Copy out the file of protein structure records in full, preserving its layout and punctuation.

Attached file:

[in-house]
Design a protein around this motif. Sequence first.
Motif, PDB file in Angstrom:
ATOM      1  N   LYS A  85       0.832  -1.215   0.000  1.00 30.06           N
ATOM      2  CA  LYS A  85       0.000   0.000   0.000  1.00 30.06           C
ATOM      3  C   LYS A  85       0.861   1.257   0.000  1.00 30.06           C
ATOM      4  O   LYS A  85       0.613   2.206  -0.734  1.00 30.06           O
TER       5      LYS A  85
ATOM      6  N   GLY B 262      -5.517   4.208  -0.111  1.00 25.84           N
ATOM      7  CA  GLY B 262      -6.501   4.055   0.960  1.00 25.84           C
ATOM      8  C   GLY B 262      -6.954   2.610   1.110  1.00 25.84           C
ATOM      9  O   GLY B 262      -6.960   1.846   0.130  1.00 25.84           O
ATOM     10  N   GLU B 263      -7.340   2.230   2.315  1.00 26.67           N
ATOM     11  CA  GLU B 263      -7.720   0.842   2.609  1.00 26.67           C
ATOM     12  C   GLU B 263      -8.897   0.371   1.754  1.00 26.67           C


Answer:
[in-house]
Design a protein around this motif. Sequence first.
Motif, PDB file in Angstrom:
ATOM      1  N   LYS A  85       0.832  -1.215   0.000  1.00 30.06           N
ATOM      2  CA  LYS A  85       0.000   0.000   0.000  1.00 30.06           C
ATOM      3  C   LYS A  85       0.861   1.257   0.000  1.00 30.06           C
ATOM      4  O   LYS A  85       0.613   2.206  -0.734  1.00 30.06           O
TER       5      LYS A  85
ATOM      6  N   GLY B 262      -5.517   4.208  -0.111  1.00 25.84           N
ATOM      7  CA  GLY B 262      -6.501   4.055   0.960  1.00 25.84           C
ATOM      8  C   GLY B 262      -6.954   2.610   1.110  1.00 25.84           C
ATOM      9  O   GLY B 262      -6.960   1.846   0.130  1.00 25.84           O
ATOM     10  N   GLU B 263      -7.340   2.230   2.315  1.00 26.67           N
ATOM     11  CA  GLU B 263      -7.720   0.842   2.609  1.00 26.67           C
ATOM     12  C   GLU B 263      -8.897   0.371   1.754  1.00 26.67           C